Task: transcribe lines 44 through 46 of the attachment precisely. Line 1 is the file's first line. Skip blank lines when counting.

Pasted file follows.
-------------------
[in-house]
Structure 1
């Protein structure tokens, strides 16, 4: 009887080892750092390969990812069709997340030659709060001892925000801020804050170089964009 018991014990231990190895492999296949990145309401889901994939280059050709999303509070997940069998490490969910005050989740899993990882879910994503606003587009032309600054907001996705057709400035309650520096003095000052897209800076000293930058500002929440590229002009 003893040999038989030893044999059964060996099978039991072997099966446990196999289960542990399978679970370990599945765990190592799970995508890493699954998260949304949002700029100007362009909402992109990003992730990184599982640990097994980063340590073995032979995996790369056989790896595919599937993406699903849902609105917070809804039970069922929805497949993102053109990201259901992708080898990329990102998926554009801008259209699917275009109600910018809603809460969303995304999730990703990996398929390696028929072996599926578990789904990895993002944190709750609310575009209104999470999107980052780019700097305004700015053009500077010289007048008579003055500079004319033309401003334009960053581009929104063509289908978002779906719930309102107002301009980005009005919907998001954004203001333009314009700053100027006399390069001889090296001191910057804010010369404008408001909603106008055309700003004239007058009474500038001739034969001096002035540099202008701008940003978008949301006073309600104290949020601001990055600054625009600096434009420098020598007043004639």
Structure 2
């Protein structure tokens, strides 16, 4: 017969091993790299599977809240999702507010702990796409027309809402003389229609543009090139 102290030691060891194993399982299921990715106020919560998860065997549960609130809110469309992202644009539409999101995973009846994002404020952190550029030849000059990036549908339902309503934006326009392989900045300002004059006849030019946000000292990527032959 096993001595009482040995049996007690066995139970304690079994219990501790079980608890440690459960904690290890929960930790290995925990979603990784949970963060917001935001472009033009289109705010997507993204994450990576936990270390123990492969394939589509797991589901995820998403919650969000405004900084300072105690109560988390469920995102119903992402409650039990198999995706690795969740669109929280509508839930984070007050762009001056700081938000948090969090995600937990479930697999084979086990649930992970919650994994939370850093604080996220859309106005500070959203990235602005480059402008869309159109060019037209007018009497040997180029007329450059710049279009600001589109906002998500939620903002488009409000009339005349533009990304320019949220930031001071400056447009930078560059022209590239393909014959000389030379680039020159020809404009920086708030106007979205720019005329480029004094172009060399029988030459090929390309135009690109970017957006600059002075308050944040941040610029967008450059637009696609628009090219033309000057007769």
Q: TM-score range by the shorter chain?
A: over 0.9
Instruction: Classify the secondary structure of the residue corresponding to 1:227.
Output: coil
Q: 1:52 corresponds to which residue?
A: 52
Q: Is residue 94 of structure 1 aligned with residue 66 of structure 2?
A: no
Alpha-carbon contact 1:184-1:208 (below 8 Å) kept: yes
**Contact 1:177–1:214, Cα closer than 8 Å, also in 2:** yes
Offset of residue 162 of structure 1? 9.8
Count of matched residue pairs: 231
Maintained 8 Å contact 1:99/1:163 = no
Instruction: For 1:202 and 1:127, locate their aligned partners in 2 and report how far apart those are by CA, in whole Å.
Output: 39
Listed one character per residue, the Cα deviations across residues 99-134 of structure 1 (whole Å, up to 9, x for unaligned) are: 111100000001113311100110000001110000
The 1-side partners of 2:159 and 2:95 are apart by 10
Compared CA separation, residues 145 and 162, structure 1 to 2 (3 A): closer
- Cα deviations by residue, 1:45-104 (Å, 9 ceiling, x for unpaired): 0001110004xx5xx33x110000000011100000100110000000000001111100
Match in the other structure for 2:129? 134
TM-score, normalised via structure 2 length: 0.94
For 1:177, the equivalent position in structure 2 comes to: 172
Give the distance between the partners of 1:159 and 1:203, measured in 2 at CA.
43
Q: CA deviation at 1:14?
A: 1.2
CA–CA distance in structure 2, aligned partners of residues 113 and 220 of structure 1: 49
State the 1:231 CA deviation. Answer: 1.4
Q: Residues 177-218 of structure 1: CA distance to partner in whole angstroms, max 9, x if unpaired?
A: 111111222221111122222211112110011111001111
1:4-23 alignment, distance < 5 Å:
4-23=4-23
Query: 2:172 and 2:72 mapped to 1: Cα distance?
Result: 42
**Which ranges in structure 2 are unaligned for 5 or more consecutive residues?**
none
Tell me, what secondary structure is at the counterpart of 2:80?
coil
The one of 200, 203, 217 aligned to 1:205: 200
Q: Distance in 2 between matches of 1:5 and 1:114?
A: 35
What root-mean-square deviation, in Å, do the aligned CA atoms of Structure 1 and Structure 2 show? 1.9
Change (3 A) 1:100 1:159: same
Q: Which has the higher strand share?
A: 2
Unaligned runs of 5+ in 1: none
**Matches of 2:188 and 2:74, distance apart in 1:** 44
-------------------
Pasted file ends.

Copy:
The one of 200, 203, 217 aligned to 1:205: 200
Q: Distance in 2 between matches of 1:5 and 1:114?
A: 35